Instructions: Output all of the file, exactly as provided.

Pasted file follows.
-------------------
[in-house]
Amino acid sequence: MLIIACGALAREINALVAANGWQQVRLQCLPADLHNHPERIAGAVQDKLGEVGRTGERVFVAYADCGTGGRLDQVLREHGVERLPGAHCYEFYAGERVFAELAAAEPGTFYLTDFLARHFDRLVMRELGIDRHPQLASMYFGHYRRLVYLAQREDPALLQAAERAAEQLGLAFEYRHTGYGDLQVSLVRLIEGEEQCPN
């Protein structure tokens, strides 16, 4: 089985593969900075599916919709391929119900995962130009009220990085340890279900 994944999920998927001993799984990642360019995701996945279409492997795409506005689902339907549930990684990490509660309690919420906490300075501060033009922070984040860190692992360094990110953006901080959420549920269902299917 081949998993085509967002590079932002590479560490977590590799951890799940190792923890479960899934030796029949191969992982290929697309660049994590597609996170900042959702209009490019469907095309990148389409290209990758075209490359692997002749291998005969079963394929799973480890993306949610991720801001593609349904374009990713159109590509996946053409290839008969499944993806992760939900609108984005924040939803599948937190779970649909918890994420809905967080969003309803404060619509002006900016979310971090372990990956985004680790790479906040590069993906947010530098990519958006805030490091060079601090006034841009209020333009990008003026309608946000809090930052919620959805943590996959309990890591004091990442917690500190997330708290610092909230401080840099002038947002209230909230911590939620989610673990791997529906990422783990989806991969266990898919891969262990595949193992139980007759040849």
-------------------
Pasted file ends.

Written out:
[in-house]
Amino acid sequence: MLIIACGALAREINALVAANGWQQVRLQCLPADLHNHPERIAGAVQDKLGEVGRTGERVFVAYADCGTGGRLDQVLREHGVERLPGAHCYEFYAGERVFAELAAAEPGTFYLTDFLARHFDRLVMRELGIDRHPQLASMYFGHYRRLVYLAQREDPALLQAAERAAEQLGLAFEYRHTGYGDLQVSLVRLIEGEEQCPN
């Protein structure tokens, strides 16, 4: 089985593969900075599916919709391929119900995962130009009220990085340890279900 994944999920998927001993799984990642360019995701996945279409492997795409506005689902339907549930990684990490509660309690919420906490300075501060033009922070984040860190692992360094990110953006901080959420549920269902299917 081949998993085509967002590079932002590479560490977590590799951890799940190792923890479960899934030796029949191969992982290929697309660049994590597609996170900042959702209009490019469907095309990148389409290209990758075209490359692997002749291998005969079963394929799973480890993306949610991720801001593609349904374009990713159109590509996946053409290839008969499944993806992760939900609108984005924040939803599948937190779970649909918890994420809905967080969003309803404060619509002006900016979310971090372990990956985004680790790479906040590069993906947010530098990519958006805030490091060079601090006034841009209020333009990008003026309608946000809090930052919620959805943590996959309990890591004091990442917690500190997330708290610092909230401080840099002038947002209230909230911590939620989610673990791997529906990422783990989806991969266990898919891969262990595949193992139980007759040849």